I recently went rock climbing for the first time since fifth grade. I’m sure I stuck out like a sore thumb in that fitness-freak, edgy-hipster gym, but I came confident and eager for the adventure. After all, I had great memories from the rock climbing birthday party I attended in 2007. Little did I know, the pain and torture that would soon ensue.
First of all, I was attached to a cord that might as well have been a spaghetti noodle. My friend, Mary, who literally works at a rock climbing gym, ensured me that it was safe, but I didn’t believe her.
I covered my hands in chalk and for a second, I felt like an Olympic athlete. That olympian feeling QUICKLY went away as soon as I actually started climbing that wall. I was absolutely petrified. I suddenly remembered that I am afraid of heights and have a strong disdain for excruciating fitness activities, which is, essentially, all that rock climbing is. So, that was great thinking on my part.
Halfway up the wall, I looked down at Mary, who was coaching me through the fiasco. She encouraged me to keep climbing, but I said something along the lines of, “Okay honey, I gotta get off this thing,” and she proceeded to say the words, “Just let go.”
“Do what now?" I nervously murmured from 30 something feet in the air.
“Let go. Just kick off the wall and the cord will catch you.”
I thought she had lost. her. mind.
My hands had the little rock in a death grip as my legs quivered in place. I attempted to let go multiple times before I chickened out and shrieked like a dying animal. Clinging to the wall, I was paralyzed by fear. The expert was telling me it was safe, but my distrust in her was the loudest voice in my head.
Eventually, and against my will, I obtained the confidence to jump. Low and behold, the cord did exactly what the expert said it would do. I didn’t fall to my death. I didn’t break both my legs and get shuffled away on a stretcher. In childlike faith (and a lot of adult fear), I took the jump.
I can’t help but remember how much differently my rock climbing experience went when I was 10. I zoomed up the wall without fear and jumped without hesitation. I had full confidence in the experts who told me it was safe to take the leap. Isn’t that what childlike faith is about?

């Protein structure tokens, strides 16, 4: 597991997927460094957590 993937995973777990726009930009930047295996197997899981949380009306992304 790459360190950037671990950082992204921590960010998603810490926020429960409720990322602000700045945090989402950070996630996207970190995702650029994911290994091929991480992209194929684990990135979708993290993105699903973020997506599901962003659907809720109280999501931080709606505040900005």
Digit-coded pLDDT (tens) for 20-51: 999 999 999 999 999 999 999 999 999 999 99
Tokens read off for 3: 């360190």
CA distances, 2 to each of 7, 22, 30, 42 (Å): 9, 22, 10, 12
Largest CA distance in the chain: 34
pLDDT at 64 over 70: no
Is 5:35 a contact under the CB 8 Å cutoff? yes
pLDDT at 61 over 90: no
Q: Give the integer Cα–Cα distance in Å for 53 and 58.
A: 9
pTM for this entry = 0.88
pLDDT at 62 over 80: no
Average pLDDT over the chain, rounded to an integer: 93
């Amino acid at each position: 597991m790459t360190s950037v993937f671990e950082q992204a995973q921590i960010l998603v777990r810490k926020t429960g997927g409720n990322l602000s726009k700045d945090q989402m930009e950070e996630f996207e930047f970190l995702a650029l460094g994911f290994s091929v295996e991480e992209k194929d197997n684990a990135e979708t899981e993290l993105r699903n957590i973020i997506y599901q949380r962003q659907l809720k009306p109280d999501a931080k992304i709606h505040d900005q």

Oftentimes, we tend to equate maturity with independence. When a person is no longer dependent on their parents, they have reached full maturity. In our faith, we become mature when we become fully dependent on our father. It almost feels backward, but it’s the way Christ intends it. He wants us to be childlike in our faith: fully trusting and fully confident in Him. He wants us to jump knowing that we will be caught by our father.
So, jump! In what areas of your life are you clinging to the wall, afraid to let go? We can have peace knowing that He will catch us every single time. After all, His strength is entirely stronger than a spaghetti noodle rock climbing cord. He is who He says He is and He'll do what He says He'll do. It isn't an easy process, but through faith in Him, we can trust our father with the scary jumps, even ones that involve a rock wall.
McKenna Best is a Carolina girl currently residing in the bachelorette and hipster capital of the world. She believes in Jesus, dancing in the kitchen, and slow mornings. McKenna is an assistant youth director and spends her afternoons working with middle schoolers in West Nashville. In her free time, you can find her eating Chipotle, making an excessive amount of Spotify playlists, writing in a coffee shop, watching The Office, or spontaneously buying a plane ticket somewhere. She is passionate about equipping youth to unlock their potential and be all that God has called them to be, whether that be through teaching Bible lessons, or writing articles for a variety of online platforms